A House appropriations subcommittee has adopted an amendment sponsored by Rep. Jack Kemp (R-N.Y.) knocking out $237 million in supplemental funds for the multilateral development banks that had been proposed by the Reagan administration.

This could be reversed by the full committee or on the floor. But the vote Wednesday night symbolized a growing distaste among conservative Republicans for the manner in which international lending institutions are operated and brought a charge from Democrats that the Reagan administration is not seriously fighting on Capitol Hill for its own lending program.

In an angry statement condemning the Kemp initiative, Rep. Dave Obey (D-Wis.), chairman of the House foreign operations appropriations subcommittee, said that, until the Republicans "get their act together," all future funding for these banks "is dead in both the supplemental and regular fiscal year '86 appropriations bills, so far as I am concerned."

Obey said that he and other Democrats will resist Republican efforts to "politicize" the international institutions.

"If the U.S. is going to change the nature of the banks by focusing on political considerations rather than just the economic requirements such as the viability of projects or the ability of borrowers to pay, then the reasons for the banks are gone," Obey said.

Affected at the moment are a $30 million installment of paid-in capital due to the World Bank, $112.5 million of paid-in capital for regular and special operations of the Inter-American Development Bank and $91.2 million of similar funds for the Asian Development Bank. There is also a small amount for the Inter-American Investment Corp., which deals with the private sector.

At the root of the problem is the feeling among Kemp and some other Republicans that these banks are not promoting the right mix of economic policies, especially in Central and Latin America. The IABD has a pending $58 million loan to Nicaragua that the United States is trying to block. Earlier, Secretary of State George P. Shultz urged the IABD not to make the loan, warning that it could affect American funding for all of the international lending institutions.

But beyond that, Kemp is pressing the institutions to stimulate economic activity through American-style tax cuts and tax reform.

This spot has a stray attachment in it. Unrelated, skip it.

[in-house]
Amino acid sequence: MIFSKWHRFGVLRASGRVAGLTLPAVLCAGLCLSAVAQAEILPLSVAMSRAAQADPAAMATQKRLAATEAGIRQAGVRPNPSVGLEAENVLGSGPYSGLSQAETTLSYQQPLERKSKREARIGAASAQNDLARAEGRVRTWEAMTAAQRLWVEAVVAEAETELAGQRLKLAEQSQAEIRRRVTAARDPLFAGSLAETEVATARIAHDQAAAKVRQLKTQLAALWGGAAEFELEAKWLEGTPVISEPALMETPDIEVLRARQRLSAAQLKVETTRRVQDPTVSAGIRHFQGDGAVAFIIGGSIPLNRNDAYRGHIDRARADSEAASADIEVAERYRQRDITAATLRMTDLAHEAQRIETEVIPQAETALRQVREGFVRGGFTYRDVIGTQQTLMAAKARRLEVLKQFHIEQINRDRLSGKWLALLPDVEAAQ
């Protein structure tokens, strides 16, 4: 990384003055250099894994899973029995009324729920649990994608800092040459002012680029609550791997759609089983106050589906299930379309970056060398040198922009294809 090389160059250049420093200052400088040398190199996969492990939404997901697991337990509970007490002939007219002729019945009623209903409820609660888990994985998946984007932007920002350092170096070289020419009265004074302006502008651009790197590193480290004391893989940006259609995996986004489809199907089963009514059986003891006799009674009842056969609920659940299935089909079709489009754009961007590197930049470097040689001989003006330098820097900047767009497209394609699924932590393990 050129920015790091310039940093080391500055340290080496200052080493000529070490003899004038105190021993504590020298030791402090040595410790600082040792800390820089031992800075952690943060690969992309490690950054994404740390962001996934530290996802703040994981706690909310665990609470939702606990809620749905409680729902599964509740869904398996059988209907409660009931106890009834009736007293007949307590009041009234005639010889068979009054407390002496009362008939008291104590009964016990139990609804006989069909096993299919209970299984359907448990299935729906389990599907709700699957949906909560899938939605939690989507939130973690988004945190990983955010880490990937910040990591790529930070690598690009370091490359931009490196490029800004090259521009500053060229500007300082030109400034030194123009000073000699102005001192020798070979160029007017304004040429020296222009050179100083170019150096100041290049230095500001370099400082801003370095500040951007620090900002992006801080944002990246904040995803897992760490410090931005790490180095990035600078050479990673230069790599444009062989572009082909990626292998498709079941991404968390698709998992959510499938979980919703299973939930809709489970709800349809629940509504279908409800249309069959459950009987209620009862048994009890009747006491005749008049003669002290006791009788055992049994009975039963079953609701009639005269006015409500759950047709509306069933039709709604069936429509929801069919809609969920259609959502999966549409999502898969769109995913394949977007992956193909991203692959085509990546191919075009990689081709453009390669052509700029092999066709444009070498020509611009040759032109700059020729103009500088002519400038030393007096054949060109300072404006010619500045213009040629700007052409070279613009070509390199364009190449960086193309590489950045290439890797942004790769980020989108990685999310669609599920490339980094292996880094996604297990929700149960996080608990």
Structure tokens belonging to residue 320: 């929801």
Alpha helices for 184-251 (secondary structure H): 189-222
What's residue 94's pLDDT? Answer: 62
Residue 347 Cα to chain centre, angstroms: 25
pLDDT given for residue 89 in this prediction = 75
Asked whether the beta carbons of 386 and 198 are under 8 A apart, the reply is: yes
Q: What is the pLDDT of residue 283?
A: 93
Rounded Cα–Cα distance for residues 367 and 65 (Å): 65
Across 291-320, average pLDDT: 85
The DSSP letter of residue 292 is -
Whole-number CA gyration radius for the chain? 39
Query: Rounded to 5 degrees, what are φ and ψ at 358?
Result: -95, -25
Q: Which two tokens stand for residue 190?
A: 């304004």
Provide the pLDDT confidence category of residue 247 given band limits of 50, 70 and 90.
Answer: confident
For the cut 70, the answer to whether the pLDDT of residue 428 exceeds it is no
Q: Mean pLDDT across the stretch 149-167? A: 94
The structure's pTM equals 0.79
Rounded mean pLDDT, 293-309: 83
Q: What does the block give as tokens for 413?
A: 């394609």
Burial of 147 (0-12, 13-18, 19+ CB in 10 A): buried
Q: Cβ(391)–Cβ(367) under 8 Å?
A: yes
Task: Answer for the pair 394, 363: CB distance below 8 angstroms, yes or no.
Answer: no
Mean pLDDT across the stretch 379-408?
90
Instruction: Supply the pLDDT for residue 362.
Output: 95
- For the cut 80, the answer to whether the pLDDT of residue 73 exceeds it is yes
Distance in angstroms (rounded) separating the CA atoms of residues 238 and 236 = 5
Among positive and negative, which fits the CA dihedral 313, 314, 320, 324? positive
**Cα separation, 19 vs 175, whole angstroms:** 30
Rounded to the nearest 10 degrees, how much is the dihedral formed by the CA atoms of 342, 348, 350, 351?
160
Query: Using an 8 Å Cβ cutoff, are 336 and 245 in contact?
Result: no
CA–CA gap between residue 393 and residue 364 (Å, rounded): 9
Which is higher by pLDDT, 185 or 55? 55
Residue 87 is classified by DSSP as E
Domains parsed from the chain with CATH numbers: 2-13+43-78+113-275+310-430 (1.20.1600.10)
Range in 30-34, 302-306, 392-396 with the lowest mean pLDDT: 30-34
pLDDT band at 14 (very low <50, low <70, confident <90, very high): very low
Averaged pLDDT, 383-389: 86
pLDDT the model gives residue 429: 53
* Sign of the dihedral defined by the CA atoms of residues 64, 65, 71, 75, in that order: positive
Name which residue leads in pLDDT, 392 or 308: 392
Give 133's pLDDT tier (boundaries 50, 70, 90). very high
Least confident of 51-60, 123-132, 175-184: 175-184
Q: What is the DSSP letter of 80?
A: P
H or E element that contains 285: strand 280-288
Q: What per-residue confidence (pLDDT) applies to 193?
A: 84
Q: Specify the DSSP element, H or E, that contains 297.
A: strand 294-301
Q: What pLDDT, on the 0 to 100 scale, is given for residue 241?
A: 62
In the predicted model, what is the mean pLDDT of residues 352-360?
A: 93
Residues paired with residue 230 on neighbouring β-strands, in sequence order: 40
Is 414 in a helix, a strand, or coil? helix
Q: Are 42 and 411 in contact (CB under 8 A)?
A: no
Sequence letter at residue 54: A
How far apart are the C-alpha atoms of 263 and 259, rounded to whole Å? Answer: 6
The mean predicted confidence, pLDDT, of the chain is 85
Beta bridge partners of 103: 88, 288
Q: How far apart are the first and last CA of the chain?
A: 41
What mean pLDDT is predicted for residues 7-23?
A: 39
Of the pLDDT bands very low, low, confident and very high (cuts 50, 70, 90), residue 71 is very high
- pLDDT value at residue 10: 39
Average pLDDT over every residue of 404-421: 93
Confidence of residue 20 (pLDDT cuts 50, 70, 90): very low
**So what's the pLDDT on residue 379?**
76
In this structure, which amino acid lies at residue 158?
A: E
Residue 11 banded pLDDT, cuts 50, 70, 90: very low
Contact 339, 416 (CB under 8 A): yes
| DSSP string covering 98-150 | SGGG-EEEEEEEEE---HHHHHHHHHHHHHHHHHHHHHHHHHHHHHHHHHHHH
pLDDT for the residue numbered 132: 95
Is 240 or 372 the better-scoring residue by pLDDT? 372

"He wants to see an extension of Reaganomics or supply-side economics off-shore," an aide said.

The Democrats under Obey's leadership, however, have decided to refuse to support the administration's requests until the Republicans provide their own votes for the MDB appropriations. There is a bitter memory of the political campaign launched against 20 House Democrats who supported the administration's $8.4 billion funding of the International Monetary Fund two years ago, only to be accused of supporting left-wing foreign governments.

"I find it incredible that the administration couldn't deliver the vote yesterday of one fulltime Republican member of the subcommittee for the administration's request to fund the multilateral development institutions," Obey said.

"While White House and high-level Treasury officials were at the Bonn summit talking about new international commitments, all four foreign operations subcommittee members of their own party were voting here at home to renege on international commitments that the U.S. has already made. Only Mr. Conte the ranking minority member , an ex-officio voting member of all appropriations subcommittees, supported the efforts of the administration and the chairman to include funds to meet those commitments," he said.

Obey's threat to block future appropriations unless the GOP members support the administration could be a devastating blow to the World Bank's soft-loan arm, the International Development Association, which has been promised $750 million for this year, the second of three such installments. All told, there will be $1.35 billion at stake for the lending agencies during fiscal 1986. It also could be an ominous portent for a new general capital increase that the bank management intends to propose at the next annual meeting in Seoul in October.

The $30 million that the bank stands to lose if the Kemp initiative isn't reversed is the fourth of six installments of a general capital increase voted in 1981. That would reduce the U.S. voting power slightly, but not cripple the bank.

The IADB would be considerably more affected. Given the current strains between the United States and Central American countries, the IADB is under intense pressure to make decisions more harmonious with American policy.

Kemp argues that the IADB and other banks have not been following a policy that is best for the long-term stability and growth of these countries.

Sources suggest that Kemp's strategy on the vote Wednesday night was to force the Reagan administration to focus on these issues. He reportedly had warned Treasury Secretary James A. Baker III before he left for the Bonn summit that he would urge the deletion of the $237 million from the MDB supplementals. According to a source, "Baker provided a sympathetic ear." But neither Kemp nor Baker could have known that Obey's retaliatory strategy would result in passage of the Kemp amendment.

Although the IMF is not involved in the specific supplemental appropriations at issue, those on Capitol Hill interested in forcing a change in approach at the World Bank and the IABD make the same arguments about the need to exact a new direction from the IMF as well.